The centurion is a striking figure. When he meets Jesus in Capernaum, he is a man already possessed of a deep faith in Jesus’ power to heal, even by a word. How the centurion came to his faith is NOT explained by St. Matthew, but we have other details in St. Luke’s account of the same miracle. It should be recalled at this point that although the synoptic Gospels – Matthew, Mark and Luke – sometimes differ in detail when reporting the same incident, those differences do not diminish their authenticity. In St. Matthew’s gospel he simply relates what went on between Jesus and the centurion. St. Luke tells us details that immediately took place before, such as how the centurion sent his Jewish friends to plead his case. “I did not even think myself worthy to come to you”, he says. The centurion’s frequent contact with the Jews must have given him some familiarity with their faith; perhaps he experienced the holiness of their worship -worship of the one true God- and maybe he was even aware of their messianic expectations. It’s unlikely that Jesus and His work among the people could have escaped his attention. His own faith -forcefully portrayed in just a few words- may have arisen from a strong sense that Jesus was the very one awaited by the nation he had come to love.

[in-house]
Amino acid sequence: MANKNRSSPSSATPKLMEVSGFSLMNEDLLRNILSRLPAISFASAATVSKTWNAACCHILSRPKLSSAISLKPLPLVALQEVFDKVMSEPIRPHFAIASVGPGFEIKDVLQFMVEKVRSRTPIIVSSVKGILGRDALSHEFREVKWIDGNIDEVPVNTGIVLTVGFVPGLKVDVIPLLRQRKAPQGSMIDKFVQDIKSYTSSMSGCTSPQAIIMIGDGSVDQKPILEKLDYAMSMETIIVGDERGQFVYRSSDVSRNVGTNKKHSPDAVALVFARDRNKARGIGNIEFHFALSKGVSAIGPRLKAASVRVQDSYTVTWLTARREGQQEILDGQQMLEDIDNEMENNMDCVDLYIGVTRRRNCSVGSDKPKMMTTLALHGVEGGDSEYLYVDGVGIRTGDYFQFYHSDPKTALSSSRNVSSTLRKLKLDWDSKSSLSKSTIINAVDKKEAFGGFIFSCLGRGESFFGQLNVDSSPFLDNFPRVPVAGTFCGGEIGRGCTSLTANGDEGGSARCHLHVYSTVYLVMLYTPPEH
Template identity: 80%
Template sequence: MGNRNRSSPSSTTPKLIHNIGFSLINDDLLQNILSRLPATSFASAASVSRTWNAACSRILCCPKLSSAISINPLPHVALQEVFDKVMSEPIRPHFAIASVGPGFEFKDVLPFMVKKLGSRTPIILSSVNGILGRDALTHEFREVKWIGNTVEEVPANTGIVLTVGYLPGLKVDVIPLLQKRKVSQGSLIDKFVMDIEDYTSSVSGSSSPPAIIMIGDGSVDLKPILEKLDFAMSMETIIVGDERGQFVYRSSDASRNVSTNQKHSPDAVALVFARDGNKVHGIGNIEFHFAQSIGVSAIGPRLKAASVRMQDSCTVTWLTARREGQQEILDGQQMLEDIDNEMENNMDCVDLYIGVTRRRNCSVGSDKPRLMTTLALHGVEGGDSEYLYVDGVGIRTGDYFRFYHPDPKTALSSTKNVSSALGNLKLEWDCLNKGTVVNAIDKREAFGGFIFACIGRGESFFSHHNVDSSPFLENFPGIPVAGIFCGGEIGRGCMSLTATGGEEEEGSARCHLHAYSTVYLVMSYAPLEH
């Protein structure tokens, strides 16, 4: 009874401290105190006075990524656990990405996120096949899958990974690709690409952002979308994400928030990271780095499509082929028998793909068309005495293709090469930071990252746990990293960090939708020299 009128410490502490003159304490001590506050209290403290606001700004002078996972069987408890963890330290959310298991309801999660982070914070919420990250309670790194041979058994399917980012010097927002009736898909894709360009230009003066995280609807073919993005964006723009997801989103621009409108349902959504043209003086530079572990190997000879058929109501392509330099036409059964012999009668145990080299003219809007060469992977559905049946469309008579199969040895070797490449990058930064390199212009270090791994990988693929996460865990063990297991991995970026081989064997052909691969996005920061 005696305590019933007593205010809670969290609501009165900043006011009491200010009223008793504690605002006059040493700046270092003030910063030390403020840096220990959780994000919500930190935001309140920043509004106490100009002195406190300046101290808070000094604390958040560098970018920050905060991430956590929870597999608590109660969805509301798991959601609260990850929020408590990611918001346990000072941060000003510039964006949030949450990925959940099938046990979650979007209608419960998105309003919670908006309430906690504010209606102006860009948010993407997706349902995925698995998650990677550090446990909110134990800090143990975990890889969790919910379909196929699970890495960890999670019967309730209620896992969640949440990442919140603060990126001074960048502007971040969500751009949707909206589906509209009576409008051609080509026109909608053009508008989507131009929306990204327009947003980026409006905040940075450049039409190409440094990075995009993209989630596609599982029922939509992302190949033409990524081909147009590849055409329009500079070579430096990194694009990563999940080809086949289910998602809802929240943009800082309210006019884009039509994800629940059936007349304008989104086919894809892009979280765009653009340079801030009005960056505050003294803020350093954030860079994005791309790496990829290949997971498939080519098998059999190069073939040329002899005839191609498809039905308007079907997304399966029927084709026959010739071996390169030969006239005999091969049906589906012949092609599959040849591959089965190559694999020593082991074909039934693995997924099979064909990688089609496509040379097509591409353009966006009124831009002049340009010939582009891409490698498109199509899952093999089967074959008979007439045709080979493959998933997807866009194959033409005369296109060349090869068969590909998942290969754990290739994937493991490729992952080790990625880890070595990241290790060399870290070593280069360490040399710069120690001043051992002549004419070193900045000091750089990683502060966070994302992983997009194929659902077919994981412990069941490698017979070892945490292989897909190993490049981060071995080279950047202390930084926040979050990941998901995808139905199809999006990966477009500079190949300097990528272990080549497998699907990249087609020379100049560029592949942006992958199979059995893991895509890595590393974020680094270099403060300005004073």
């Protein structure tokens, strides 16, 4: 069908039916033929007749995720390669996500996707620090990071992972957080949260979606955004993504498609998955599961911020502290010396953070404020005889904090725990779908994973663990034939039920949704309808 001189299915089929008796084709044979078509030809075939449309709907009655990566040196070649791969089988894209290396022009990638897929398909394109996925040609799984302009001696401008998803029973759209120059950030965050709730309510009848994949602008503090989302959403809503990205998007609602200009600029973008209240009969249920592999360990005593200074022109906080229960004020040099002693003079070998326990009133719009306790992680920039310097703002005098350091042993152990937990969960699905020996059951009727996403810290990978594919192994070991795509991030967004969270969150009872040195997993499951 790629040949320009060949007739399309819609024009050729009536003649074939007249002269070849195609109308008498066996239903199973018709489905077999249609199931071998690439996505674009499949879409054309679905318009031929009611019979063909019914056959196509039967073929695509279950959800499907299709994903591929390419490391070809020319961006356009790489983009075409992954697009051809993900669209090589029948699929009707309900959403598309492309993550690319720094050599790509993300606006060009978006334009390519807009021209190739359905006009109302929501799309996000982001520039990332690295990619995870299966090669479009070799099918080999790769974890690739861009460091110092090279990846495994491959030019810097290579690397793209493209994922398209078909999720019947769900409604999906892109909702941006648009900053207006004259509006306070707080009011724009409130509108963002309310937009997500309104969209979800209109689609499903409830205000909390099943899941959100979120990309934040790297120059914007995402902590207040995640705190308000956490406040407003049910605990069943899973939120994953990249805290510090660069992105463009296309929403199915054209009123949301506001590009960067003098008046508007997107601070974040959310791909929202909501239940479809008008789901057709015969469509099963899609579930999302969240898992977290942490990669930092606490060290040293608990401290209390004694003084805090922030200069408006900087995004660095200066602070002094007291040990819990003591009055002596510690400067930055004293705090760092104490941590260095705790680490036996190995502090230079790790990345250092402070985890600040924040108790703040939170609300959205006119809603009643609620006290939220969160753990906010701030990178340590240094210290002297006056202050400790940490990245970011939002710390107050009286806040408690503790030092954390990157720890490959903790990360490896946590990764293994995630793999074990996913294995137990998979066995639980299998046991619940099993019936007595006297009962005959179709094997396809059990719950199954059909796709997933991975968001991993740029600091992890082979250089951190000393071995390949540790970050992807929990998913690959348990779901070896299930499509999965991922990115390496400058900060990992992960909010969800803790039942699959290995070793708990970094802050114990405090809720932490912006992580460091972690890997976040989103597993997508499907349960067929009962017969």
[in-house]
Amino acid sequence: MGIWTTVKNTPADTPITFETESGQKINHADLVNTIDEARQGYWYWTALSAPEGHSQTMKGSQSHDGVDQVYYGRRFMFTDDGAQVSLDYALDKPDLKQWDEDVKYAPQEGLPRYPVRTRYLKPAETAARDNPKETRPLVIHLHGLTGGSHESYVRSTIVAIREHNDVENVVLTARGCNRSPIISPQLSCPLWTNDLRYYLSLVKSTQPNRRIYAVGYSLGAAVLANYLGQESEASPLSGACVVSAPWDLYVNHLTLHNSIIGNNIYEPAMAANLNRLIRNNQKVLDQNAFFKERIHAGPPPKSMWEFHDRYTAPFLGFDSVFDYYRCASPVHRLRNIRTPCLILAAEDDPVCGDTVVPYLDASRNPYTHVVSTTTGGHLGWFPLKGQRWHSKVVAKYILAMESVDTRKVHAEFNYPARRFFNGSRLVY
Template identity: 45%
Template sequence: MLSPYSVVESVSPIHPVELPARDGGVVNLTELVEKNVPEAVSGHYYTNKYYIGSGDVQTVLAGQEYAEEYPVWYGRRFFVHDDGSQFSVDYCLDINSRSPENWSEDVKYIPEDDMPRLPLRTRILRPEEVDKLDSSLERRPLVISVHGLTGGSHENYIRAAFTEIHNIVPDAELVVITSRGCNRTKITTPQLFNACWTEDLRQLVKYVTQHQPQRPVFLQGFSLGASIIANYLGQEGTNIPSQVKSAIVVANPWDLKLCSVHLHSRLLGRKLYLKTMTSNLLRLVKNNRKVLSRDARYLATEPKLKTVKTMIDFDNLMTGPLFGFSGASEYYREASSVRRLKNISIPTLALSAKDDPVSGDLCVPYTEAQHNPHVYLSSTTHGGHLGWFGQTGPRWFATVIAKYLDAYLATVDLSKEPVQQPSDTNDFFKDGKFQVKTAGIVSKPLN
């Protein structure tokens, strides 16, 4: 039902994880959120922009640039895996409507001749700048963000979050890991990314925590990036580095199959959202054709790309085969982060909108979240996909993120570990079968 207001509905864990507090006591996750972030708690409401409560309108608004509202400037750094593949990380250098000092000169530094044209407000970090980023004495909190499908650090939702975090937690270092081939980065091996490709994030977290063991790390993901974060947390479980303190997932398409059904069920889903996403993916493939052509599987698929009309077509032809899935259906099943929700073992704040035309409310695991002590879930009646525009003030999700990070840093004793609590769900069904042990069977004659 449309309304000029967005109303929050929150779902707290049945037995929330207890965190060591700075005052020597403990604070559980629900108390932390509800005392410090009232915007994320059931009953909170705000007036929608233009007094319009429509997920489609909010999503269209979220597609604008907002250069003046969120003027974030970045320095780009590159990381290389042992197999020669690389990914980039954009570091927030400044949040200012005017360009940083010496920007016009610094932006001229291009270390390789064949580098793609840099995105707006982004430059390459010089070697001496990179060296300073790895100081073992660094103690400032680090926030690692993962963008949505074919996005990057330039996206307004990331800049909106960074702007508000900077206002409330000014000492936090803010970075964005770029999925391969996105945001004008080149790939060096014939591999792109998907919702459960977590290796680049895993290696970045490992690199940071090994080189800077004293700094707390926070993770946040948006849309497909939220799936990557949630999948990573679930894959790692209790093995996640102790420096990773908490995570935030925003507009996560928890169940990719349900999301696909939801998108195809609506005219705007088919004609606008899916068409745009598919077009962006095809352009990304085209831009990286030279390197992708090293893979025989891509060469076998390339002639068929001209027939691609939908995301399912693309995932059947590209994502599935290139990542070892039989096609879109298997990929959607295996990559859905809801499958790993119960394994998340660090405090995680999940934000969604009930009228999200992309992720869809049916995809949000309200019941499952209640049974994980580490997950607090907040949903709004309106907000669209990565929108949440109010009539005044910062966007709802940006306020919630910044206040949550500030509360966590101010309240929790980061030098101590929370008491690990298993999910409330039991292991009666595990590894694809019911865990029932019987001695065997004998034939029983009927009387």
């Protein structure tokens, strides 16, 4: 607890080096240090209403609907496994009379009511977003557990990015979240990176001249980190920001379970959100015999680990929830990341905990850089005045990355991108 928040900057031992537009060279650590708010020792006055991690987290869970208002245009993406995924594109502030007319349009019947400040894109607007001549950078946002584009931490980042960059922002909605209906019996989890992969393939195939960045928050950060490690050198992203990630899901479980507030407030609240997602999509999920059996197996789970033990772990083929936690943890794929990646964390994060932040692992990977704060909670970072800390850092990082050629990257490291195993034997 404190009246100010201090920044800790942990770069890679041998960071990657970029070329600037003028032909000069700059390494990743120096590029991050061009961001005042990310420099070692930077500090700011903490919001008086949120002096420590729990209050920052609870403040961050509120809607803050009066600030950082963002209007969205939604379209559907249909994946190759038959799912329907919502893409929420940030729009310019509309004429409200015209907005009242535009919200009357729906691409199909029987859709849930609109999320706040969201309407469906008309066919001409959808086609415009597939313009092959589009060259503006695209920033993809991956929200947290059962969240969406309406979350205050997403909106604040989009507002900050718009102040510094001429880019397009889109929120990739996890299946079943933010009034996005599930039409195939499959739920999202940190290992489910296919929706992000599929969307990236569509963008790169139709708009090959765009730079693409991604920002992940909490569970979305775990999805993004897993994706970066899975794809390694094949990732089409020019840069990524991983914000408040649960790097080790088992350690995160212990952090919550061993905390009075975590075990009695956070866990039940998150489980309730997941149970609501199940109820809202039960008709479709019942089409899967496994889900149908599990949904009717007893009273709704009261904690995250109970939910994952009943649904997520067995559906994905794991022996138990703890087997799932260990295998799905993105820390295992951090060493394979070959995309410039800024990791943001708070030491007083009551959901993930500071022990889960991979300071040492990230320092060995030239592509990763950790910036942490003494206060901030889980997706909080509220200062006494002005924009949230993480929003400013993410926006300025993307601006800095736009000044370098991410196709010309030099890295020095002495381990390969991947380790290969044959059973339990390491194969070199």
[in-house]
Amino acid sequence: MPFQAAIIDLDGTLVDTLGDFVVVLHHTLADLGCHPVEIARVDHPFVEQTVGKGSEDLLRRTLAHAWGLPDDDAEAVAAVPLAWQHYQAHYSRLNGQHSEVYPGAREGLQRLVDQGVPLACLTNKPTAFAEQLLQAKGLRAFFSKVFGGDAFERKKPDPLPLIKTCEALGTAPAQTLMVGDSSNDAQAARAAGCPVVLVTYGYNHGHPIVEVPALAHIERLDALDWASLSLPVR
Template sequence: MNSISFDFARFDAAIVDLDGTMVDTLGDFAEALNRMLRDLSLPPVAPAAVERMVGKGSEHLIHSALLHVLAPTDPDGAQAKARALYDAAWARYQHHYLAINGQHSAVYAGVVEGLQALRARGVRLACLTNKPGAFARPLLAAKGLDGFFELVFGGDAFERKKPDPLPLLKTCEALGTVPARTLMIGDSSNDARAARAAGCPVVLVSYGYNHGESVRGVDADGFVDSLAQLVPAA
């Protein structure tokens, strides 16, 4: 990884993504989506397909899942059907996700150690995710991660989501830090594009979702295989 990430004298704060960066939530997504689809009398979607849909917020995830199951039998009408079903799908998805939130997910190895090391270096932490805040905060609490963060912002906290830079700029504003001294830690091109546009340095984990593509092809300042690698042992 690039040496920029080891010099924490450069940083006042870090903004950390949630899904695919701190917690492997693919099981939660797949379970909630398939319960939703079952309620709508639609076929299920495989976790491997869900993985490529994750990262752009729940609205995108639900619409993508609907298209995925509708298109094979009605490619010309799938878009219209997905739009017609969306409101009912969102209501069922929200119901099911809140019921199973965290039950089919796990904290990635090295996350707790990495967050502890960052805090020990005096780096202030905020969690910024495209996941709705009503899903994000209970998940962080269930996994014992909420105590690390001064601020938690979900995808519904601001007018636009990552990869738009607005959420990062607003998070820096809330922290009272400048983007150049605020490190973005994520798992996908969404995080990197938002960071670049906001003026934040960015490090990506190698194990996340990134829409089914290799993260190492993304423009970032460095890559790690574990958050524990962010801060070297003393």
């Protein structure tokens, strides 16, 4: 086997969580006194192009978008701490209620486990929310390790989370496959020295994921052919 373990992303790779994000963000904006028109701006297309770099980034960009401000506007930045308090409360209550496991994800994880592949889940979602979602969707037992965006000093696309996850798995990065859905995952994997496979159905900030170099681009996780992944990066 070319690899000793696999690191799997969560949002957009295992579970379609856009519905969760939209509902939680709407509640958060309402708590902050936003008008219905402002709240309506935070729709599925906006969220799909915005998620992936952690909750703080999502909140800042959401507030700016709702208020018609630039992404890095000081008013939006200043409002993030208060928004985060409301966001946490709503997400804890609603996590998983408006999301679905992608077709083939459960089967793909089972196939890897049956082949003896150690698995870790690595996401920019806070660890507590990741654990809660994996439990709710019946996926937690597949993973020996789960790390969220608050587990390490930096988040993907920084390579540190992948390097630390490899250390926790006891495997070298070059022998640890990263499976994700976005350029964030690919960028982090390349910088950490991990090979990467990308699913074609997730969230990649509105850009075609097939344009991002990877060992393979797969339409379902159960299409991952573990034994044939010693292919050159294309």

Another detail from St. Luke’s account tells us that the man’s Jewish friends – identified as elders – considered him worthy of Jesus’ good favor (although they are impressed by something other than his faith) saying: “the one for whom He should do this was deserving, for he loves our nation, and has built us a synagogue”. In other words, he held an important position, and was a big donor to their synagogue, and so they brought his plea to Jesus.
However, the things that really matter – the centurion’s humility, faith, and concern for another – seem NOT to have made much of an impression on them. It’s not difficult to see the similarity between the mindset of those religious leaders and that of some of our own people. And not a few priests/bishops have heard requests on behalf of others who were deemed worthy just because they had position, authority or money.